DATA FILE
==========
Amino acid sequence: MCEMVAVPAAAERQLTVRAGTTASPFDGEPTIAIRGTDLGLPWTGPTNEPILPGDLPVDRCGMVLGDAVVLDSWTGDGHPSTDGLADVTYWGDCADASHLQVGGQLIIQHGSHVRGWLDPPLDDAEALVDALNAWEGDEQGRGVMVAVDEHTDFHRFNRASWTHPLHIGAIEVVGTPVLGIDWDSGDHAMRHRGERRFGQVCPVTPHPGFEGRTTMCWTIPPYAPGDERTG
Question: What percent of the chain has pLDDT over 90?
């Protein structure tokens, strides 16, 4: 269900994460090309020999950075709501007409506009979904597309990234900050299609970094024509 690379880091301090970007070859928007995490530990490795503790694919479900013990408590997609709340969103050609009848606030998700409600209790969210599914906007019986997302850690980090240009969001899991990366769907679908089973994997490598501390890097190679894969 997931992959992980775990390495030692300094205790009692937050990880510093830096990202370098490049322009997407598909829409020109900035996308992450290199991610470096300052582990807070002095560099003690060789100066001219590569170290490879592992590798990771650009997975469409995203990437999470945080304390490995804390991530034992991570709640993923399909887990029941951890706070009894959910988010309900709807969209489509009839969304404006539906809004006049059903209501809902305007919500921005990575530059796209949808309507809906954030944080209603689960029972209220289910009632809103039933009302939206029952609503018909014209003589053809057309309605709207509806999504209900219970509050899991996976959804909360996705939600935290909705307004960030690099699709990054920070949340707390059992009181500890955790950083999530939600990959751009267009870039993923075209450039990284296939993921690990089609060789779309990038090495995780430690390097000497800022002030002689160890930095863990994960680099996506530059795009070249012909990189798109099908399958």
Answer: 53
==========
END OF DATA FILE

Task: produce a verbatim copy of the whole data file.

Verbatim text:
Amino acid sequence: MCEMVAVPAAAERQLTVRAGTTASPFDGEPTIAIRGTDLGLPWTGPTNEPILPGDLPVDRCGMVLGDAVVLDSWTGDGHPSTDGLADVTYWGDCADASHLQVGGQLIIQHGSHVRGWLDPPLDDAEALVDALNAWEGDEQGRGVMVAVDEHTDFHRFNRASWTHPLHIGAIEVVGTPVLGIDWDSGDHAMRHRGERRFGQVCPVTPHPGFEGRTTMCWTIPPYAPGDERTG
Question: What percent of the chain has pLDDT over 90?
């Protein structure tokens, strides 16, 4: 269900994460090309020999950075709501007409506009979904597309990234900050299609970094024509 690379880091301090970007070859928007995490530990490795503790694919479900013990408590997609709340969103050609009848606030998700409600209790969210599914906007019986997302850690980090240009969001899991990366769907679908089973994997490598501390890097190679894969 997931992959992980775990390495030692300094205790009692937050990880510093830096990202370098490049322009997407598909829409020109900035996308992450290199991610470096300052582990807070002095560099003690060789100066001219590569170290490879592992590798990771650009997975469409995203990437999470945080304390490995804390991530034992991570709640993923399909887990029941951890706070009894959910988010309900709807969209489509009839969304404006539906809004006049059903209501809902305007919500921005990575530059796209949808309507809906954030944080209603689960029972209220289910009632809103039933009302939206029952609503018909014209003589053809057309309605709207509806999504209900219970509050899991996976959804909360996705939600935290909705307004960030690099699709990054920070949340707390059992009181500890955790950083999530939600990959751009267009870039993923075209450039990284296939993921690990089609060789779309990038090495995780430690390097000497800022002030002689160890930095863990994960680099996506530059795009070249012909990189798109099908399958």
Answer: 53